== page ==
You know how they say when eating chinese food you’re back to hungry an hour later? Same goes for this dish. If it’s made for lunch I can spend the rest of the afternoon returning again and again to the pot that this was cooked in, head bent over the stove, chopsticks at the ready and devouring greedy mouthfuls between household chores. It’s like noodle crack.
There are as many versions to making this as there are chapchae addicts, so this is another non-recipe where I use what’s in season with the essential soy sauce, sugar, salt, black pepper and sesame oil. The noodles are different from the bean thread type as they have a gray color and are said to be chewier. To prepare them, cook in a pot of boiling water for 5 minutes, drain, rinse until cool, drain again and evenly coat with sesame oil. Snip into shorter pieces by lifting up clumps at random and cutting with kitchen shears. I used half of this package (400g). The rest of the ingredients are spelled out below and I’ve used korean spam instead of the usual beef. To tell the truth, I couldn’t even tell that it was spam after the seasoning went in.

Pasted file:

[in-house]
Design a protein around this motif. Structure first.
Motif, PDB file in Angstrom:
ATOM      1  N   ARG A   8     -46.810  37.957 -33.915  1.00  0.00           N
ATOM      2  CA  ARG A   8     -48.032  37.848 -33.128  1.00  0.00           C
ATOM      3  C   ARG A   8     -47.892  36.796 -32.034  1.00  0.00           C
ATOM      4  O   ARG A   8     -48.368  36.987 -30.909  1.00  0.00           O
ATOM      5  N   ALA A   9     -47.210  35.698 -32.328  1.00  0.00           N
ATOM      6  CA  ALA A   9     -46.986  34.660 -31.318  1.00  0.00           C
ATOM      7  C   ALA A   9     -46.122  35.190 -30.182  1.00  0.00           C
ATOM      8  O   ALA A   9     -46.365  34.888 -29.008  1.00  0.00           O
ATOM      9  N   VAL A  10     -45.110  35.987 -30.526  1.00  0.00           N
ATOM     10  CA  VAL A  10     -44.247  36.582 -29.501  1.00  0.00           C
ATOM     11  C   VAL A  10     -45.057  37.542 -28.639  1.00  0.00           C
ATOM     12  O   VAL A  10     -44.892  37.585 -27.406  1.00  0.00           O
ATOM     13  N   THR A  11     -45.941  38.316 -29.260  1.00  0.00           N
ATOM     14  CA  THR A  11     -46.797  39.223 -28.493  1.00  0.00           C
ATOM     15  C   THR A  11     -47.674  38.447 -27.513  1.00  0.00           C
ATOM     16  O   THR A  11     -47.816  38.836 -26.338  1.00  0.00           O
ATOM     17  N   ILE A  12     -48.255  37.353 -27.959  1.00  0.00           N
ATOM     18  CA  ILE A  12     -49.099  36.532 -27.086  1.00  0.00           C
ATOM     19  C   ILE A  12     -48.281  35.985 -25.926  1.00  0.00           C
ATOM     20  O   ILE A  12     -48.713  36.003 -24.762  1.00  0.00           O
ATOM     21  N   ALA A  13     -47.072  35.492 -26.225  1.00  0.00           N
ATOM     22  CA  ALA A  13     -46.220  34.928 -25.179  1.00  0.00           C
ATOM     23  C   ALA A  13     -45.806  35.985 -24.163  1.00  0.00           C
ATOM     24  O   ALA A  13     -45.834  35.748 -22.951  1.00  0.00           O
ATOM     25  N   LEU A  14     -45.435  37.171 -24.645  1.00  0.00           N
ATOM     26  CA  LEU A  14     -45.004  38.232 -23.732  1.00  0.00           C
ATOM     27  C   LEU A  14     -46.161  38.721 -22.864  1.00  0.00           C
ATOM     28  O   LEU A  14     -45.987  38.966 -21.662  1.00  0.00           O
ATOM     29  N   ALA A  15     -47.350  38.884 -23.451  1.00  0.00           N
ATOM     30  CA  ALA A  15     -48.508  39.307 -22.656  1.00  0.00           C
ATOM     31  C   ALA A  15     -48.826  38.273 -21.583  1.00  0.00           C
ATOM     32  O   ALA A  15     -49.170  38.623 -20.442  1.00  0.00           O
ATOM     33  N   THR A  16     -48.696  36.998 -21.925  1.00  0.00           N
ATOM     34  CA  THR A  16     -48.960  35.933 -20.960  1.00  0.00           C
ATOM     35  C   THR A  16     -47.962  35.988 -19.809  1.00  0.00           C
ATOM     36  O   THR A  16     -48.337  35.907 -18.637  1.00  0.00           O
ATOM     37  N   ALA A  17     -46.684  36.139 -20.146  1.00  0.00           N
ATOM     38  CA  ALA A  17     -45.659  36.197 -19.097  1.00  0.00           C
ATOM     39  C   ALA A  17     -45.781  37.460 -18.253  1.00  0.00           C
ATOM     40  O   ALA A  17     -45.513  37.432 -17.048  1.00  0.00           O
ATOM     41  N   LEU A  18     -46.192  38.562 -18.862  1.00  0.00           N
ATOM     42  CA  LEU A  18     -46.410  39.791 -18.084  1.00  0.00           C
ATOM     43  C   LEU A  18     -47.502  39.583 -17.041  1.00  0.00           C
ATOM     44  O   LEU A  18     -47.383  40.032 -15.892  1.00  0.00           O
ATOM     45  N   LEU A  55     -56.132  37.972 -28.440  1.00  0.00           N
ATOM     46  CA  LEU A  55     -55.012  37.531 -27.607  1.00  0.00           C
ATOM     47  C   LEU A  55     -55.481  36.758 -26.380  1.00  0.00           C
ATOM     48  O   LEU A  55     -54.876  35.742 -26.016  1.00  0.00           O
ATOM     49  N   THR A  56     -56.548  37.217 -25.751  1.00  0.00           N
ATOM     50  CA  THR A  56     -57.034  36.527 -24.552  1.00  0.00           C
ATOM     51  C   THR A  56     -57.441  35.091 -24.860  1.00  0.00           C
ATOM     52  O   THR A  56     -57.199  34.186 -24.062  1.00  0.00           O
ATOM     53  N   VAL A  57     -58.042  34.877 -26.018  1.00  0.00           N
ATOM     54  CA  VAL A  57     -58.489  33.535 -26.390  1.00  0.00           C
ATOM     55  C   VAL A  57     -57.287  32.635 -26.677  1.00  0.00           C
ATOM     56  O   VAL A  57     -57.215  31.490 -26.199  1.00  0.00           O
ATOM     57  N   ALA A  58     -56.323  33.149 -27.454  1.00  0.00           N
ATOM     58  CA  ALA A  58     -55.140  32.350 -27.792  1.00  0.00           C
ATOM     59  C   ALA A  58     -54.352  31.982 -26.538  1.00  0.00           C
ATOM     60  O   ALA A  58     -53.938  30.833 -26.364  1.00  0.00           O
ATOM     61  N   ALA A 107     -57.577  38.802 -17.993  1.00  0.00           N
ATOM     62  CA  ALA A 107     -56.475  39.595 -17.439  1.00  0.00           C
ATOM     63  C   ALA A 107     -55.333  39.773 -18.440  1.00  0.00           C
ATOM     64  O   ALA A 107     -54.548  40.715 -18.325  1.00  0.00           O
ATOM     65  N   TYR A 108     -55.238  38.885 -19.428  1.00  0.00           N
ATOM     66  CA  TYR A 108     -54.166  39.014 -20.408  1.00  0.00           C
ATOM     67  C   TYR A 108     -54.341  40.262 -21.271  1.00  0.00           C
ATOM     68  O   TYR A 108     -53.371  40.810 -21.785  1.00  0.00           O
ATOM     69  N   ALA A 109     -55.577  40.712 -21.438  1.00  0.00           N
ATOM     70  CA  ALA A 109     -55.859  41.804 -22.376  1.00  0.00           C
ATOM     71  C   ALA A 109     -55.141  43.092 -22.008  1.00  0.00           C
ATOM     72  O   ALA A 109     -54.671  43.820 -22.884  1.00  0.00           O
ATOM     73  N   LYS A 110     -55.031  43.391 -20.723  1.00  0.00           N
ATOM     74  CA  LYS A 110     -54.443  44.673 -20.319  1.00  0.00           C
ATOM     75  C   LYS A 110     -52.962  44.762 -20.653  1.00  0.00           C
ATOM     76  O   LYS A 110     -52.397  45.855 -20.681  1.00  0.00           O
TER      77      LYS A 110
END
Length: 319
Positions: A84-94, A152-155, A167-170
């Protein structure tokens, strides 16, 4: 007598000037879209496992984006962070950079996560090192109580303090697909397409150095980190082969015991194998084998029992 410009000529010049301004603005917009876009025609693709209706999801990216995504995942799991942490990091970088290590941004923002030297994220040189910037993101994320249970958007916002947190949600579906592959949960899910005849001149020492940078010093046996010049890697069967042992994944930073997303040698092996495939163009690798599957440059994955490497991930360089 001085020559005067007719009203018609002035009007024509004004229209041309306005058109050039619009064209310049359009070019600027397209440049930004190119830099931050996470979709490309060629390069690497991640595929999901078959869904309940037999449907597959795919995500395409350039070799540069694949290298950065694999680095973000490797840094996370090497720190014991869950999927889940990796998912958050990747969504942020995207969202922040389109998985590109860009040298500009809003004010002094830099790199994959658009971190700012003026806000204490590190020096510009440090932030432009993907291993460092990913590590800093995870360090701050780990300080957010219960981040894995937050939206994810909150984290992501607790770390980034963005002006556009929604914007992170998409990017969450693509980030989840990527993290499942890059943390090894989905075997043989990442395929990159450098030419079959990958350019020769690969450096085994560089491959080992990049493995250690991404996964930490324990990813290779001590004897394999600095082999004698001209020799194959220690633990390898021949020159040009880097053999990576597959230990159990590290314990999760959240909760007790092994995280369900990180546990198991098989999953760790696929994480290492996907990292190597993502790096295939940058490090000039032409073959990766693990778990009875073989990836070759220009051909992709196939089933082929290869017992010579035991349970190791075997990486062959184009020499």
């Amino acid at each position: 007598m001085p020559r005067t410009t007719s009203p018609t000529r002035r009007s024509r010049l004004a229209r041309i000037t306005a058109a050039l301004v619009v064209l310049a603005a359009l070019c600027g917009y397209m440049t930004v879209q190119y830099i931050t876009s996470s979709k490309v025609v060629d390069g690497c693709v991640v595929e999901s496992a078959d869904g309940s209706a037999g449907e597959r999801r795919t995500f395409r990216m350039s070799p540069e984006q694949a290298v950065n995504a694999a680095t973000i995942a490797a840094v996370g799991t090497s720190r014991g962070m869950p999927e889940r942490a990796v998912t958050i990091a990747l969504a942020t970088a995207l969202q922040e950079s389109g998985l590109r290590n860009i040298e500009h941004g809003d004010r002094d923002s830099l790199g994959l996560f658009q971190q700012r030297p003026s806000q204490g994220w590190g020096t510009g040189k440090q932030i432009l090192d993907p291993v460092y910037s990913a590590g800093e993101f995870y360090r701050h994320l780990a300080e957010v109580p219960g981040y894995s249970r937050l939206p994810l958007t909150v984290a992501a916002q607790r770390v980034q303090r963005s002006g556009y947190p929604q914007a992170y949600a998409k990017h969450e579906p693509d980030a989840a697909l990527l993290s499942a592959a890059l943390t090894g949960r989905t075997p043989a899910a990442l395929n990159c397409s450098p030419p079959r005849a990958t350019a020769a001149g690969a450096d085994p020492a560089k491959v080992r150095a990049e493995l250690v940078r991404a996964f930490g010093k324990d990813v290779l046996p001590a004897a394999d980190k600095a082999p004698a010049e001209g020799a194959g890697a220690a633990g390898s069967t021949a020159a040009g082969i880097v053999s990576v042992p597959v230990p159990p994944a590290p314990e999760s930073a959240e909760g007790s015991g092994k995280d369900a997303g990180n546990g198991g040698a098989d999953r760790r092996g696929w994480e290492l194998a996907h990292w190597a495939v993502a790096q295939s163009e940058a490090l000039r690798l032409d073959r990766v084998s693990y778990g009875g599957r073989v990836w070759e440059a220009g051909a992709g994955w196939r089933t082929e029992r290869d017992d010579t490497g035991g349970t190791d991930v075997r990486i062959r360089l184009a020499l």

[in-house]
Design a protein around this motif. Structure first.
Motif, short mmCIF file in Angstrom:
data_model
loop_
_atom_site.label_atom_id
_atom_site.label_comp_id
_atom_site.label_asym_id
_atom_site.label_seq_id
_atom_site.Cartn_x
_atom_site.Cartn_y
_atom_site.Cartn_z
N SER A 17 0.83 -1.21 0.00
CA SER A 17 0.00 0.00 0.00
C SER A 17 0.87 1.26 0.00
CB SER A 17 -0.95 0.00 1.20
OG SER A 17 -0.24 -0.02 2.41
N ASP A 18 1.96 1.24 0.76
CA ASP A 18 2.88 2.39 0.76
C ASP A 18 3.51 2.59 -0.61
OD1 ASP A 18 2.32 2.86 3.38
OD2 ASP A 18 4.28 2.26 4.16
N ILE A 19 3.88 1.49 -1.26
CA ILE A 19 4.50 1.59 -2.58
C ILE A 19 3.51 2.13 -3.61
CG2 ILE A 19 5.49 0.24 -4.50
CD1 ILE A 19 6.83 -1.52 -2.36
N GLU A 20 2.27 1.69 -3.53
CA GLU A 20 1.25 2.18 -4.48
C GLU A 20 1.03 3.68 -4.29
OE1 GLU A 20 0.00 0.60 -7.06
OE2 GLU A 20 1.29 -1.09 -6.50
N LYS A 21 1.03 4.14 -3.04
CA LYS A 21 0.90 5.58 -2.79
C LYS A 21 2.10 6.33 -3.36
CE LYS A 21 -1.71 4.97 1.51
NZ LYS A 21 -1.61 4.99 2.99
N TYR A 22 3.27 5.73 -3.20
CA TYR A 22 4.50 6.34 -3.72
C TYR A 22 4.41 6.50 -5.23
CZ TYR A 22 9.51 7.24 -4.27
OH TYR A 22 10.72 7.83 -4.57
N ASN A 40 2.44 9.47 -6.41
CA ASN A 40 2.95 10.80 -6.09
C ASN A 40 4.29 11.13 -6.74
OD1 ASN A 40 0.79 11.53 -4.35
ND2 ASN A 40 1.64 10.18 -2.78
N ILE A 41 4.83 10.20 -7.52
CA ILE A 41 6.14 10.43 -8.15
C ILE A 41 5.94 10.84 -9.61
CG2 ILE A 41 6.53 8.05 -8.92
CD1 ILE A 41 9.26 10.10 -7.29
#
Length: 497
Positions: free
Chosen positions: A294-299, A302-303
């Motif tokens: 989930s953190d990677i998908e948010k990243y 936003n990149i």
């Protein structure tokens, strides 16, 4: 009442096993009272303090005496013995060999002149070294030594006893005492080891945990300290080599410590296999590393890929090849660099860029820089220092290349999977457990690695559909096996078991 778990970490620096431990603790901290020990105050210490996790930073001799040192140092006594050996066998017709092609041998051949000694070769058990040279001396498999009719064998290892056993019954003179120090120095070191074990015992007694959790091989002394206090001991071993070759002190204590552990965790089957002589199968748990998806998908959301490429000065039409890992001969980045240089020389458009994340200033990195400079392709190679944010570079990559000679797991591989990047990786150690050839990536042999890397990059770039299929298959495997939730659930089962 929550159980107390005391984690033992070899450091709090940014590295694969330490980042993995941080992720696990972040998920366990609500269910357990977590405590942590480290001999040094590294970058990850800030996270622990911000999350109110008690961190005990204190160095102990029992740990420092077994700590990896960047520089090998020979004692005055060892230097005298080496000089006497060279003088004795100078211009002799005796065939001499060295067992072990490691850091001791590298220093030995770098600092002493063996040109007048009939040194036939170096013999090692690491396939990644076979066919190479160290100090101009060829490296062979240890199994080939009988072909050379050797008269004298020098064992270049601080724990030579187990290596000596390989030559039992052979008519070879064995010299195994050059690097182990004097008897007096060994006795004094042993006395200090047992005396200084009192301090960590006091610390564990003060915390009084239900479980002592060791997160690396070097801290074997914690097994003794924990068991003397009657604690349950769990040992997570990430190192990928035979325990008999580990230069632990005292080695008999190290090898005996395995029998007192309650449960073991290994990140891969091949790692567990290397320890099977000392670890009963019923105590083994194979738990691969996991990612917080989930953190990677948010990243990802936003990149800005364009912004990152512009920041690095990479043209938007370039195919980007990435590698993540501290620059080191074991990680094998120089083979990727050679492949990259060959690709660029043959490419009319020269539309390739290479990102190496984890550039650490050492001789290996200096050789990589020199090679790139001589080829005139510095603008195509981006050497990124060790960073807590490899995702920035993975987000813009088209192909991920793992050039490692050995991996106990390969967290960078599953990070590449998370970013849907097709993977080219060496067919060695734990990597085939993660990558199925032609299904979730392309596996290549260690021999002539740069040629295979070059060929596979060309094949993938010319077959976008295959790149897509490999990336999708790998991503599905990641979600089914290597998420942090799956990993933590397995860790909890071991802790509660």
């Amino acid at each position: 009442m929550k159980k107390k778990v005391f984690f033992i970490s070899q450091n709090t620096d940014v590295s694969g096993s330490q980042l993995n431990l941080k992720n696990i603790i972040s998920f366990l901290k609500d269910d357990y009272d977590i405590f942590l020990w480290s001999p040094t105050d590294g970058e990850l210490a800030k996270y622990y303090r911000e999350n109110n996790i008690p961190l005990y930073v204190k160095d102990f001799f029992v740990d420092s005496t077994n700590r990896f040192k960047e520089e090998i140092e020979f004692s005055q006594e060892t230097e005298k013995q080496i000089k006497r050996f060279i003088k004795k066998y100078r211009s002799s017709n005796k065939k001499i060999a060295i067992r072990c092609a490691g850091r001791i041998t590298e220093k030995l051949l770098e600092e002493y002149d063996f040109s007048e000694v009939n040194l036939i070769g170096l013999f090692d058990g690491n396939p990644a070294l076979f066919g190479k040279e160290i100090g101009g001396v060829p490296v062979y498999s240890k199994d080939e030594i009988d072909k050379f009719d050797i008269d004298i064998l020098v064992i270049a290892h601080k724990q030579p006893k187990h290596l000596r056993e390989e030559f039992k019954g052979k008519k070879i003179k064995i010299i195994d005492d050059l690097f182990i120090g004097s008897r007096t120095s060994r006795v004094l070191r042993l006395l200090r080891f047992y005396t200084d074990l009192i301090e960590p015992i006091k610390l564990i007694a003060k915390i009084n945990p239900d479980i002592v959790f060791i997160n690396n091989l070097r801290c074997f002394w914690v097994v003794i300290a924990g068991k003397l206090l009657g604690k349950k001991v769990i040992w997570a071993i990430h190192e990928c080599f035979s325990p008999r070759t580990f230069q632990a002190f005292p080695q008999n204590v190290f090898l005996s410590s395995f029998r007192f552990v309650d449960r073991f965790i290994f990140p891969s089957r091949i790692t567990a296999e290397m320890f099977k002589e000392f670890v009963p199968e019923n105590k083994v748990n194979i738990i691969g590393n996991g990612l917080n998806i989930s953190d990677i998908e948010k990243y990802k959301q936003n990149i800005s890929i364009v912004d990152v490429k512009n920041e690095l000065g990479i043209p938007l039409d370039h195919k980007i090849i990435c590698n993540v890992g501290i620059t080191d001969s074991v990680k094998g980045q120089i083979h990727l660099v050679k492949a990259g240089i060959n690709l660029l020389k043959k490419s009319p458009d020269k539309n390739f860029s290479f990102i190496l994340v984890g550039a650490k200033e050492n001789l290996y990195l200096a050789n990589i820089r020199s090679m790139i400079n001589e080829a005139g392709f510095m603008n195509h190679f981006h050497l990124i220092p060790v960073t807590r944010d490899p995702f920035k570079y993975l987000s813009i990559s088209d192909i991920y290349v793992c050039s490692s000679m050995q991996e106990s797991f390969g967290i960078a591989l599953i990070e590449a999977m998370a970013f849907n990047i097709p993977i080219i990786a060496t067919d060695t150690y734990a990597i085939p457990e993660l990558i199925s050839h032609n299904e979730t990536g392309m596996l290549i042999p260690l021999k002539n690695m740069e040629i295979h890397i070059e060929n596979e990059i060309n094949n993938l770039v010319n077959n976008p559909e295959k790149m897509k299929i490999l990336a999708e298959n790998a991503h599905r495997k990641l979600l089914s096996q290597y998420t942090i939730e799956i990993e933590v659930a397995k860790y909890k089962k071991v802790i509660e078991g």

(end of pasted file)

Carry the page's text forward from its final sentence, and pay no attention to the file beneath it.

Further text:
Saute spam, sliced onions and garlic in sesame oil until onions are soft. Add the asparagus, carrots, 2 tbsp dark or regular soy sauce, 2 tbsp sugar and 1 tbsp water. Stir and cook until vegetables are tender. Season to taste with salt and pepper. Add bamboo shoots and green onions; cook for 2 minutes. Stir in the noodles, breaking up the clumps as necessary and mix with the vegetables. I’ve seen an example of a cook using plastic disposable gloves to mix the noodles in more evenly (turn off the heat and don’t burn yourself) and it works! Finish the dish with a generous sprinkle of sesame seeds and thinly sliced hot chile peppers if you like the heat. I’ve also seen sliced strips of scrambled eggs as a garnish.